A new analysis links fish consumption with skin cancer, possibly due to pollution.
Put on sunscreen. Wear a hat. And … don’t eat too much fish?
A recent paper suggests that eating more fish may be associated with a greater risk of malignant melanoma. But the large, observational study comes with a lot of caveats, and the senior author notes that previous research has linked higher mercury levels and skin cancer.
“Mercury consumption in the US is mostly from fish,” says Eunyoung Cho, ScD, an associate professor of dermatology and of epidemiology. “So if mercury is related to skin cancer, then it stands to reason that fish intake may be related, too.”
Nonetheless, Cho says this new study is important due to its large size and prospective design, as participants’ fish consumption was assessed before they got cancer. “The results of previous studies investigating associations between fish intake and melanoma risk have been inconsistent,” she says. “Our findings have identified an association that requires further investigation.”
The researchers analyzed data collected from nearly half a million US adults who were recruited to the National Cancer Institute’s NIH-AARP Diet and Health Study. Participants reported how frequently they ate fish as well as their portion sizes. Their average age was 62.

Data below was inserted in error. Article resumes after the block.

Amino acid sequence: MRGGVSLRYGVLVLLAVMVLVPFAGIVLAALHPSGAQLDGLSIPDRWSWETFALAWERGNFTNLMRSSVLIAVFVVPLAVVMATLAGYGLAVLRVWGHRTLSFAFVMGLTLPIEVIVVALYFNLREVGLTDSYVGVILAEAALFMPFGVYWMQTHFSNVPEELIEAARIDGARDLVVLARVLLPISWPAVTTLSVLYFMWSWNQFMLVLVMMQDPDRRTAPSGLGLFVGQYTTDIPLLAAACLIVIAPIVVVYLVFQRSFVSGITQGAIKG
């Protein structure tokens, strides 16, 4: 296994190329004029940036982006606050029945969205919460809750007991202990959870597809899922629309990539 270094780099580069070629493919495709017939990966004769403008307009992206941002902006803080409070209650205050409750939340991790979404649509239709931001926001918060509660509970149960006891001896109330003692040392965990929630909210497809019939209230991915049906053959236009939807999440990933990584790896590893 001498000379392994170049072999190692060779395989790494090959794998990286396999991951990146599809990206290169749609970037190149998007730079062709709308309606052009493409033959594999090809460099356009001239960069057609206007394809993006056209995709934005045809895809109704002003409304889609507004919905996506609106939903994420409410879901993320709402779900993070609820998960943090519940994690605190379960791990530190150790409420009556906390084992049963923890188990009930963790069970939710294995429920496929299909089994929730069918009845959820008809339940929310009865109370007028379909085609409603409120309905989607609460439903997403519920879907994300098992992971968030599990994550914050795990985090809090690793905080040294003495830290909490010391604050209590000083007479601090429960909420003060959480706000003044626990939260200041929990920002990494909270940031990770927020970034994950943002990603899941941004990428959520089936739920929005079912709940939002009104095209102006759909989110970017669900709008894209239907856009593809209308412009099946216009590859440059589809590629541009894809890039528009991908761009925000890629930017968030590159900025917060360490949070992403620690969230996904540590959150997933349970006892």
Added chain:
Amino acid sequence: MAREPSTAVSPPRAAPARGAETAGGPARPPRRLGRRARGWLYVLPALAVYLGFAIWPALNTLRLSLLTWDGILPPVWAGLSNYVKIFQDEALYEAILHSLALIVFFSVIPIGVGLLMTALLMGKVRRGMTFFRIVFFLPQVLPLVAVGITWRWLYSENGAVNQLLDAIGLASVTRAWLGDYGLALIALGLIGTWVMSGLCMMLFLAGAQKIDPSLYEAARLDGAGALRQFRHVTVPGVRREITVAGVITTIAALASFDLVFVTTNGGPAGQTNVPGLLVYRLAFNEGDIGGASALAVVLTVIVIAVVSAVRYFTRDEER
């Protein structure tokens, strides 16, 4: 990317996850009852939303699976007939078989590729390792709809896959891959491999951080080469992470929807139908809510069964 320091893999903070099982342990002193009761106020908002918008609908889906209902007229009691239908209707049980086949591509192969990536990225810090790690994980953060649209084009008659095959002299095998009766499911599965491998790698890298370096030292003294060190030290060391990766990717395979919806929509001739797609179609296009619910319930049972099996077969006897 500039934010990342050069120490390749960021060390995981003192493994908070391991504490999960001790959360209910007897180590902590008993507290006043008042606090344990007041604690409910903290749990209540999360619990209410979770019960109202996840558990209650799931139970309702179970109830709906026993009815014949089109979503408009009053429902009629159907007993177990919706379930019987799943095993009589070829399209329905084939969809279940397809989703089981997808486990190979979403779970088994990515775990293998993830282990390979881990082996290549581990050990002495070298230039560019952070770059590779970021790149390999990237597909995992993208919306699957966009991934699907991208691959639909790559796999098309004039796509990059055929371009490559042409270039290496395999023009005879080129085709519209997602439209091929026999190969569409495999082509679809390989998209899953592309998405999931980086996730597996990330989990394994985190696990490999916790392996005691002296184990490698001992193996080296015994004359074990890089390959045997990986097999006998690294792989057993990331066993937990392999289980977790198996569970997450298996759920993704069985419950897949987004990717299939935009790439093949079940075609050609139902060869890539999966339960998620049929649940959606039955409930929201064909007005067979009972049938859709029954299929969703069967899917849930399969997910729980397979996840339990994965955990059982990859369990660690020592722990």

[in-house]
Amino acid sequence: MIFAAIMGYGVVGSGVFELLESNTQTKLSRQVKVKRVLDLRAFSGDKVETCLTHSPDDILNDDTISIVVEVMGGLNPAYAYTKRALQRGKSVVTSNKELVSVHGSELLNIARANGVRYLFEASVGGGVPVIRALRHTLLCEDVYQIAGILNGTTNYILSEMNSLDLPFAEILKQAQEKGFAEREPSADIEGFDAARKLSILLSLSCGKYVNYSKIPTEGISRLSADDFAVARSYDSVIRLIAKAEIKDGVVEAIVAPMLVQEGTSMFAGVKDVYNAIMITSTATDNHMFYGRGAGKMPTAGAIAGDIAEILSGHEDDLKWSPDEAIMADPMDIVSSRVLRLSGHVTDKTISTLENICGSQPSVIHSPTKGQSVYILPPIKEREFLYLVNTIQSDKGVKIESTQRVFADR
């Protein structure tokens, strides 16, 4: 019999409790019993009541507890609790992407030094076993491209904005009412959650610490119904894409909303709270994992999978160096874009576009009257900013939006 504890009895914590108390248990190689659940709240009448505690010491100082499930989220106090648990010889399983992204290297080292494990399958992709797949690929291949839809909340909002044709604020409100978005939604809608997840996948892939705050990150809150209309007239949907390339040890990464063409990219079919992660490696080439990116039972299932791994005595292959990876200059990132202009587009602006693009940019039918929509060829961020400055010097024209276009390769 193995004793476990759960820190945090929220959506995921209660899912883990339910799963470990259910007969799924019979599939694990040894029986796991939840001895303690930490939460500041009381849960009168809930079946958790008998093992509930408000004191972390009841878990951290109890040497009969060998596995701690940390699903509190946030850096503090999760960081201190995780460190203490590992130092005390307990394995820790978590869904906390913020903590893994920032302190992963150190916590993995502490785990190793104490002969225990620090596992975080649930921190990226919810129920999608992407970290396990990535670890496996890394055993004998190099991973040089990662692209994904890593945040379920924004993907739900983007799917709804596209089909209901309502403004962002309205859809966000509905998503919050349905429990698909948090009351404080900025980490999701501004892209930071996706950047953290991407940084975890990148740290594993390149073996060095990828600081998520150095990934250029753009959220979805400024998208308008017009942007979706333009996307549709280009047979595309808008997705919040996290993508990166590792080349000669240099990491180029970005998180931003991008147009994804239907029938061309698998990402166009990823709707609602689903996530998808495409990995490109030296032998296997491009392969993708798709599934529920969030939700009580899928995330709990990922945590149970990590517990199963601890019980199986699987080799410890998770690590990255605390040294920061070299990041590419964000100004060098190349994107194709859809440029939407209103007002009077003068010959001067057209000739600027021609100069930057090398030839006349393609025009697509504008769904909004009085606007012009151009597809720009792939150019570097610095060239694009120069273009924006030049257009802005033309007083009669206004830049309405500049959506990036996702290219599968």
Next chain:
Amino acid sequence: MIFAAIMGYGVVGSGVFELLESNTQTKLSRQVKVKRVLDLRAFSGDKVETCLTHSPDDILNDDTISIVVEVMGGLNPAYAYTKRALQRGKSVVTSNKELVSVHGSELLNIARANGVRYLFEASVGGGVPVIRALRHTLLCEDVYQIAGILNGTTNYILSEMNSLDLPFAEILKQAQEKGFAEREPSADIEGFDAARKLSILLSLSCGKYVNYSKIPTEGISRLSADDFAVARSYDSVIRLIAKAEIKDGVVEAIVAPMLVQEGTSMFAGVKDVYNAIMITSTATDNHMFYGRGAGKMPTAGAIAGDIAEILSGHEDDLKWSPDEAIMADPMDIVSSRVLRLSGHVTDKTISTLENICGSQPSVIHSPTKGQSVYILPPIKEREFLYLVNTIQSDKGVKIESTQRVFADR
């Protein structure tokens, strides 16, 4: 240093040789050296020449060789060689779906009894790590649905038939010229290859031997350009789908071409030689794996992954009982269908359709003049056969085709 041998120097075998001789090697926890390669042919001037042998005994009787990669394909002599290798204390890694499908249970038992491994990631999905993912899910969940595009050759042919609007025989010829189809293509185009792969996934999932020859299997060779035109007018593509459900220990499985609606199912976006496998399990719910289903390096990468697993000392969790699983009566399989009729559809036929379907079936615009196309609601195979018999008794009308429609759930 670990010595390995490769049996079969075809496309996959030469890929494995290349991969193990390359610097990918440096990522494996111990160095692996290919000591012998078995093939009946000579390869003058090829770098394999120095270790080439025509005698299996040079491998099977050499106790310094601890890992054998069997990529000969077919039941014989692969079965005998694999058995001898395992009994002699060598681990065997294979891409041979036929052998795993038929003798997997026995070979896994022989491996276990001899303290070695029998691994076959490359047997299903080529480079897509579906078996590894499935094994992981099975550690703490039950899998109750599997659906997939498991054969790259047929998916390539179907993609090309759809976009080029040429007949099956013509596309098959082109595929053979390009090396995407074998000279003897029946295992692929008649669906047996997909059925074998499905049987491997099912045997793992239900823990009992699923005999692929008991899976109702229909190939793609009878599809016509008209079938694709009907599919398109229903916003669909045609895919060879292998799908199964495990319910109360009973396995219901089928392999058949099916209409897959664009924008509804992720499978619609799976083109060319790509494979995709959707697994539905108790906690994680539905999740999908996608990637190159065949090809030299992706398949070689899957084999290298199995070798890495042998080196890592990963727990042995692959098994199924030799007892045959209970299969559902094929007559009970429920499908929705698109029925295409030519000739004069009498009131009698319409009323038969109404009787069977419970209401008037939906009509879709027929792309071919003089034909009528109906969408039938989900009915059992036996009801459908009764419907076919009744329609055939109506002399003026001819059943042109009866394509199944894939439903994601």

The analysis, published in Cancer Causes and Control, reports that compared to those whose median daily fish intake was 0.11 ounces, those who ate 1.5 ounces per day had a 22 percent higher risk of malignant melanoma and a 28 percent increased risk of melanoma in situ, the earliest form of the disease. (A typical serving size for most fish is 5 to 6 ounces.)
The study accounts for sociodemographic and physiological factors as well as medical history and the average ultraviolet radiation levels in each participant’s local area. However, the researchers wrote, it didn’t adjust for some risk factors for melanoma such as mole count, hair color, or history of severe sunburn and sun-related behaviors. And because average daily fish intake was calculated at the beginning of the study, it may not represent participants’ lifetime diets.
Furthermore, as an observational study, it couldn’t point to a causal relationship between fish intake and melanoma risk. Cho, who studies the connection between diet and skin cancer, says that bio-contaminants in the fish—like mercury, PCBs, dioxins, and arsenic—likely play a role in the cancer association, rather
than the fish itself.
“Previous research has found that higher fish intake is associated with higher levels of these contaminants within the body and has identified associations between these contaminants and a higher risk of skin cancer,” she says. But this study didn’t examine the concentrations of these pollutants in participants’ bodies, Cho adds, so researchers will need to keep fishing around before they can draw stronger conclusions.